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'The Bachelor' is called 'nonsensical' and 'ghoulish' for ignoring female empowerment

Heather Gardner
Video Producer, Yahoo Entertainment

For the 22nd time on The Bachelor, a single man will give a rose to the girl of his dreams — after spending weeks dating multiple women at once, weeding out the competition, and breaking hearts along the way.

(Photo: Getty Images)

Fans of the dating show have been sucked into the over-the-top, dramatic world of finding love for years. They’ve also latched onto the brand’s many spinoff series, The Bachelorette, Bachelor in Paradise and Bachelor: Winter Games. But in the age of #MeToo and Time’s Up, many are wondering if The Bachelor has become outdated? (It’s interesting to note that the show premiered in 2002, two years before Facebook rolled out to college campuses — Twitter launched two years after that.)

Critics aren’t just calling out the fact that the show’s premise goes against these popular feminist movements. Many are upset that on Monday night’s episode Arie Luyendyk proposed to Becca Kufrin, changed his mind, and neglected to respect her wishes after he ended their short-lived engagement. One person on Twitter said the plot line was “sickening.”

This isn’t the first time The Bachelor has come under fire for being removed from the cultural conversation. Last year, ABC halted production for Bachelor in Paradise after cast members Corinne Olympios and DeMario Jackson had a sexual encounter while intoxicated, leaving consent in question. The network launched an investigation, but concluded there was no evidence of misconduct, and no charges were brought against either party. Bachelor in Paradise season 5 premiered a week behind schedule with no mention of the alleged sexual assault.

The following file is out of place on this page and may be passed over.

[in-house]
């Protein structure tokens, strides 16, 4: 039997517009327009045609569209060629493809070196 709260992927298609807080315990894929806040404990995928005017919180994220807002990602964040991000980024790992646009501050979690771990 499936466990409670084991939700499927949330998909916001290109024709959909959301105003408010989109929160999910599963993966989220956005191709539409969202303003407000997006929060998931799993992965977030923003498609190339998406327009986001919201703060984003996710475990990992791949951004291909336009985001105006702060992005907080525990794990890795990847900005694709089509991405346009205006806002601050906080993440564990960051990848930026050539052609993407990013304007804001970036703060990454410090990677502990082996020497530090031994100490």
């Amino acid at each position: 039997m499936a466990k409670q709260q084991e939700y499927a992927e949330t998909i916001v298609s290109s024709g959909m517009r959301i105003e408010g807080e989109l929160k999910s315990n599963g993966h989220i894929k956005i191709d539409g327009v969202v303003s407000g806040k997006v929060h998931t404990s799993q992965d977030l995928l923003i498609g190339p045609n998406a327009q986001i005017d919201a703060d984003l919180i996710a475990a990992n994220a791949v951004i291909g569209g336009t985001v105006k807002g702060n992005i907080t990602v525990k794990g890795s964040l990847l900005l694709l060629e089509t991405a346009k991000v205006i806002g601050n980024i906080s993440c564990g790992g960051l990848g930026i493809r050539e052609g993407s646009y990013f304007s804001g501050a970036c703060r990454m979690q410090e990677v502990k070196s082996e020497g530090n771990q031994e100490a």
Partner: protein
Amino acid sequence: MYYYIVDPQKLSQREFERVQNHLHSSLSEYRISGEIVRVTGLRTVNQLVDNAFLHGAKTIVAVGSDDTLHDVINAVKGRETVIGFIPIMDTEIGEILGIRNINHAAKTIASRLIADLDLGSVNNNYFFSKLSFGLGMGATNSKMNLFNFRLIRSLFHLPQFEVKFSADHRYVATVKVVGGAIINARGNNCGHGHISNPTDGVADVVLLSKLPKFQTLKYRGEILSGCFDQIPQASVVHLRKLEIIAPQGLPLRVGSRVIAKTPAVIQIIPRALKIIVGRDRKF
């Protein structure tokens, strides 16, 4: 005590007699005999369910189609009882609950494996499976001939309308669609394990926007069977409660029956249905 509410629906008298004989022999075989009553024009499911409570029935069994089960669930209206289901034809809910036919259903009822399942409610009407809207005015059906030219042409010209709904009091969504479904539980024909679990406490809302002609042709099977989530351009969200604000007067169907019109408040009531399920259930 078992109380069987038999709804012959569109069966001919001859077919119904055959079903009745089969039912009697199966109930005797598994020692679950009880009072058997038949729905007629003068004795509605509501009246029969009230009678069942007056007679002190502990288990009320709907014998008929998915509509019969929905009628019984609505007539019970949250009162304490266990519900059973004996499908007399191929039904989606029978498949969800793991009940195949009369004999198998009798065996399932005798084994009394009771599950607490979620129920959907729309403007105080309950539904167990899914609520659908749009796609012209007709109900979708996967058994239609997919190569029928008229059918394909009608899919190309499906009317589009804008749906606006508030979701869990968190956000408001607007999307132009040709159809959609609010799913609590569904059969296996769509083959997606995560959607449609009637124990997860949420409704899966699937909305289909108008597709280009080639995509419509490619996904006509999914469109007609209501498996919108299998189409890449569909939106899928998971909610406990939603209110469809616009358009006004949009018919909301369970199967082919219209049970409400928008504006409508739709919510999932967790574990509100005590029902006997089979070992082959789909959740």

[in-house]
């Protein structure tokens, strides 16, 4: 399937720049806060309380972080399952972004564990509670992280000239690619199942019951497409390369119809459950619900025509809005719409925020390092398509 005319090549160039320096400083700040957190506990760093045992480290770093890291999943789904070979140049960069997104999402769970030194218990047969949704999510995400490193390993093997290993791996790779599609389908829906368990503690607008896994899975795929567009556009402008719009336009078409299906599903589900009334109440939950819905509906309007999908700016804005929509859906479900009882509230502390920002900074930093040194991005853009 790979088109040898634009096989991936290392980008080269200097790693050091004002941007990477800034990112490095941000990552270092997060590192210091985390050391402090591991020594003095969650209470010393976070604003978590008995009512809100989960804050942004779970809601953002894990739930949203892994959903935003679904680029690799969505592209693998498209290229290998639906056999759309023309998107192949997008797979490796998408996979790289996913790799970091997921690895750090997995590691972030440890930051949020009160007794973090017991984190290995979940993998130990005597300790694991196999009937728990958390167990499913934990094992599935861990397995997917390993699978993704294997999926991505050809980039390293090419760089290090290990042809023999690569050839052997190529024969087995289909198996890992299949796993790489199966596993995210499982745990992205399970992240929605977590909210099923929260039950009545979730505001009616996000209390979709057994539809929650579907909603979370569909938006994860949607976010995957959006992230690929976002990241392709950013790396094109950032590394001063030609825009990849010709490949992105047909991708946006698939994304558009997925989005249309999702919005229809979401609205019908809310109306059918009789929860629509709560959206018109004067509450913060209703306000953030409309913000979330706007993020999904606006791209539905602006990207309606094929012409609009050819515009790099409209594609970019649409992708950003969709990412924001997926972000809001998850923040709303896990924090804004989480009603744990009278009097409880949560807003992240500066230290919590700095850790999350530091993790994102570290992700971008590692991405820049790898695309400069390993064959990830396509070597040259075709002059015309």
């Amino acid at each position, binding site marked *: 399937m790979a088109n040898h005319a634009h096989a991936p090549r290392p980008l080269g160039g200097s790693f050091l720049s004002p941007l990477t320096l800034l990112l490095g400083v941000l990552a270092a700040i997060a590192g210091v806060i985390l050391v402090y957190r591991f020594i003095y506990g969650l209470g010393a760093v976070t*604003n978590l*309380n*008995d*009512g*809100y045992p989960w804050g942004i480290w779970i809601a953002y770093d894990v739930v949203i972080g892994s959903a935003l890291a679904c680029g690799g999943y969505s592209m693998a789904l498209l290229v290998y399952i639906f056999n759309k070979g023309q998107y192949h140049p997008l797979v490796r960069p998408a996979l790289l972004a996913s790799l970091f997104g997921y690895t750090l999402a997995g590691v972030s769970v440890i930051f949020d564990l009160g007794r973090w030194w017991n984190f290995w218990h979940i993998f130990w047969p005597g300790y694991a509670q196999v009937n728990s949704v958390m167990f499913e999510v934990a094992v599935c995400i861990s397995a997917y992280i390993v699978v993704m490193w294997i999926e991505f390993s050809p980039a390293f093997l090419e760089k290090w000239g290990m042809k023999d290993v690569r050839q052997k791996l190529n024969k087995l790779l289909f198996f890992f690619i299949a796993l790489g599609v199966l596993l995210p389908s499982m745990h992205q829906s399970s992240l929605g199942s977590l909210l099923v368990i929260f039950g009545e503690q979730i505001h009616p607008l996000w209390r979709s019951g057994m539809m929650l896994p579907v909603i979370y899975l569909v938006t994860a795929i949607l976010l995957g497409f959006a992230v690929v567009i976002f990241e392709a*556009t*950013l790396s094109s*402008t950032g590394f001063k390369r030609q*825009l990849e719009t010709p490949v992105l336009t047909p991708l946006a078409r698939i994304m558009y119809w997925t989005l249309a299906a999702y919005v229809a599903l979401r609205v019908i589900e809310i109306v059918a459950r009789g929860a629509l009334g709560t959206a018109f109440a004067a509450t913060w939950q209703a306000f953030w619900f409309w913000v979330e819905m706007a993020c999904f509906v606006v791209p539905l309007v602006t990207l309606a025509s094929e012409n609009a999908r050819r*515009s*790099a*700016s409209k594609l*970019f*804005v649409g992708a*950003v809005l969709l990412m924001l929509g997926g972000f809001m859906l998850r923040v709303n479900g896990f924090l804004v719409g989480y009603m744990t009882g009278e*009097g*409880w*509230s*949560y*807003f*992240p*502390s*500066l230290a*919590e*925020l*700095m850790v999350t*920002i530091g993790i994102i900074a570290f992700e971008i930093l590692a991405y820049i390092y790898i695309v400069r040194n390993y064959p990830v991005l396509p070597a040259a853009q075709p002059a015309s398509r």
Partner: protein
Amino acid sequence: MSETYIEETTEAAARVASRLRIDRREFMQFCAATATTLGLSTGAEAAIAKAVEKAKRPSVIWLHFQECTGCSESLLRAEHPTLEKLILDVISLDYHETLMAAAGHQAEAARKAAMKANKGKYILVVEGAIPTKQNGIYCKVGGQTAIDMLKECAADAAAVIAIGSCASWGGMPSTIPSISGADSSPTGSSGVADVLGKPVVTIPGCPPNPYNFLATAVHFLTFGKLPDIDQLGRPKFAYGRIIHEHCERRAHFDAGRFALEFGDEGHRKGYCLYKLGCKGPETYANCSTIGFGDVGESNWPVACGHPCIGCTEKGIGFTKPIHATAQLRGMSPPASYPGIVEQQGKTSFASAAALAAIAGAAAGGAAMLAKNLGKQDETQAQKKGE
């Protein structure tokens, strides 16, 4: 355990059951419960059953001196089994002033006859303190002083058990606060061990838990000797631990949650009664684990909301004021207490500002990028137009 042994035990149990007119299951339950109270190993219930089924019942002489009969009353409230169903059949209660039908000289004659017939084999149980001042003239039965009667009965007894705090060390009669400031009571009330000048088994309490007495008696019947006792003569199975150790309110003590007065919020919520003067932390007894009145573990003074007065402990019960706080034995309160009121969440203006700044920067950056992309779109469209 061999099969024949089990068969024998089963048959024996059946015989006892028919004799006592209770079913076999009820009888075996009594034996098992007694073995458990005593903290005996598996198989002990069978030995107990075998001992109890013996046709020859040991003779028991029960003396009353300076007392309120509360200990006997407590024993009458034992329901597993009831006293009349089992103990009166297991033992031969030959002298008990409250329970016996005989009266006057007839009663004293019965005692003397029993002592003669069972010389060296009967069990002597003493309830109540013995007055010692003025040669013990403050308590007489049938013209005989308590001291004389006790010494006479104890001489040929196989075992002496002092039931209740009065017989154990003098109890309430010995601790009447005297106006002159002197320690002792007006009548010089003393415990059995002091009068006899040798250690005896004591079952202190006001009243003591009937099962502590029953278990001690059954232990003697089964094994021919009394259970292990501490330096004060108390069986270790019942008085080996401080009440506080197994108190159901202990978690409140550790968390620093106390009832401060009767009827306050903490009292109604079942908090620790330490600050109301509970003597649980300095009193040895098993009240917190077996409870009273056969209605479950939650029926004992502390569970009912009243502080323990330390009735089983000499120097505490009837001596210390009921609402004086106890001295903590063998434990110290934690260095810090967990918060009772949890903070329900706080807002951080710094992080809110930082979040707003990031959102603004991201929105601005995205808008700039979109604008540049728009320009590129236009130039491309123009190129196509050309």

While the brand moved forward seemingly unscathed — they had record ratings for Bachelor in Paradise that year — some fans did question the show’s procedures. Has sexual assault happened before in the brand’s 16 year existence? Does alcohol or drugs blur the lines of consent between participants? Are men and women wooed into vulnerable scenarios by lights, cameras, and television fame?

The questions might never be answered given ABC’s strict nondisclosure agreements. Contestants can be sued by the network for up to $5 million if they reveal show secrets, and to some, sharing their #MeToo moments from the show just might not be a risk worth taking.

And still, interest in The Bachelor and the spin off series are high. 7.4 million people tuned into see Arie give his final rose last night, a ratings high for this season. And both men and women line up each year to audition for their shot at love on reality television.

Is it time for a Bachelor update in the #MeToo era? ABC chose not to comment, but what do you think?

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